We initially compared the HI scores for the AZ and LPZ gorillas to assess whether directional biases in handedness differed between two the two samples. No significant difference in HI scores were found for either bimanual t(30) = 1.19, p > .210 or unimanual t(30) = 1.32, p > .198. Thus, the HI values were comparable between the two samples. The effects of the sex were assessed using an analysis of variance (ANOVA) with the HI score for each measure serving as the dependent measure. There was no significant difference in HI scores between females and males for unimanual reaching, F(1,30) = 0.05, p>0.98 or bimanual feeding F(1,30) = 3.33, p>0.06 (see Table 2). There was also no significant effect of sex in the strength of the manual bias (absolute values of HI) according to a t-test for unimanual reaching t(30) = 0.37, p > .10 or bimanual feeding, t(30) = 1.42, p > .10. The association between age and both directional and strength of handedness was performed using a Pearson Product Moment correlation. None of the correlations reached statistical significance.

Comparison of hand preferences with previous bimanual measures

As noted previously, measures of hand preferences for bimanual coordinated activities have been collected using an experimental tube task (see introduction) in 15 of the gorillas used in the present study (Hopkins et al., 2003) that were housed at Zoo Atlanta. Within the same 15 individuals, we assessed the correlation of measures of hand preferences (HI scores) between the tube task from the Hopkins et al. (2003) paper and our present set of data on bimanual feeding. The correlation is positive but not significant, r(15) = 0.33, p>0.10. When we statistically compare the HI scores, the gorillas were significantly more right-handed for the bimanual feeding (Mean HI = .44) compared to the TUBE task (Mean HI = .11) t(15) = 2.47, p < 0.03.

Because the patterns of the coordinated actions of the hands seem similar between the tube and bimanual feeding (a hand holds the food/tube while the other hand picks up this food inside the tube/other hand), the difference in hand preferences was unexpected but the comparison between the two measures is confounded with time. More than 5 years separated the collection of data for these two studies and maturational or developmental changes in hand preference may have occurred during this time, particularly in the young individuals. If we restrict the test-retest correlation in HI scores to the individuals that were adults in the two studies and exclude the gorillas that were under 10 years old when first tested on the tube task (Hopkins et al., 2003), a significant positive correlation was found in hand preferences within the 10 remaining adult subjects, r(10) = 0.66, p<0.05. Moreover, no significant difference was found in HI scores between the two bimanual measures within this cohort of 10 individuals.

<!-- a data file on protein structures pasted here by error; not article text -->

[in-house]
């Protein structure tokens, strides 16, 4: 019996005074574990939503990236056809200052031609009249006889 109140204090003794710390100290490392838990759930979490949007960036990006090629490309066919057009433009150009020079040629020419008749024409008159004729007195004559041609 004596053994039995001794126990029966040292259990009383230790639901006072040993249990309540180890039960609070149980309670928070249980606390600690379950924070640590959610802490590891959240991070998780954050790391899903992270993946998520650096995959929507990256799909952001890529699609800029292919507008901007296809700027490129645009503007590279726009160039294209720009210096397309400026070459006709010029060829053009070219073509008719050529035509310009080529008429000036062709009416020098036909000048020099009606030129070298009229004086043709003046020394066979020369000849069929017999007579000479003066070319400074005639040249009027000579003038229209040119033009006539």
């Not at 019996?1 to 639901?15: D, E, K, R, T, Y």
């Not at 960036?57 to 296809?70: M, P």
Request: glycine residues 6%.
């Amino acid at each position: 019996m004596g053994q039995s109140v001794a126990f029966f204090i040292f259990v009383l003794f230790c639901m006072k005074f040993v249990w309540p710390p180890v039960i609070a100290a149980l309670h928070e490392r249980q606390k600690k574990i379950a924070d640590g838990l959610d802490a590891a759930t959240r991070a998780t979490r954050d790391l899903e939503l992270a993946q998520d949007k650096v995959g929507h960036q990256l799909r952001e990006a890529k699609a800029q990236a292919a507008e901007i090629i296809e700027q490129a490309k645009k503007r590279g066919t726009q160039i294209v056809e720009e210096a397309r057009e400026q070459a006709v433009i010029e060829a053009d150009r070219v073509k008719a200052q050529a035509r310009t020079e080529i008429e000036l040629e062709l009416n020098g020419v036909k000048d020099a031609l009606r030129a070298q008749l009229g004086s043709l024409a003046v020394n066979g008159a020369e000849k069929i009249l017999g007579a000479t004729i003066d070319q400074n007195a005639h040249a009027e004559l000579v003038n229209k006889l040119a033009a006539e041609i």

The results of this study are straight-forward. Captive lowland gorillas showed significant population-level right handedness for bimanual feeding but not unimanual reaching. There were no significant sex differences in handedness for unimanual reaching and bimanual feeding; however, it is of note that the degree of right-handedness for bimanual feeding in females compared to males approached conventional levels of statistical significance. Furthermore, comparison of the results between two different samples of gorillas revealed no significant differences in the pattern of handedness.

The difference in patterns of handedness between unimanual reaching and bimanual coordinated activities, such as the feeding behavior recorded in this study, are consistent with other findings in nonhuman primates, such as capuchins monkeys, baboons and chimpanzees (Hopkins, 2007). In all of these different primate species, measures of handedness that require coordinated bimanual actions a) elicit stronger hand preference at the individual level of analysis and b) reveal population-level handedness at the species level of analysis. These collective findings support the view that, compared to bimanual coordinated activities, simple unimanual reaching measures are less sensitive measures of hemispheric specialization in nonhuman primates (e.g., Vauclair and Meguerditchian, 2007). Further support for this argument comes from recent studies showing that hand preferences for coordinated bimanual actions, and not simple reaching, correlate with neuroanatomical asymmetries in the motor-hand area of the precentral gyrus in both chimpanzees and capuchin monkeys (Hopkins and Cantalupo, 2004; Phillips and Sherwood, 2007; Sherwood et al., 2007).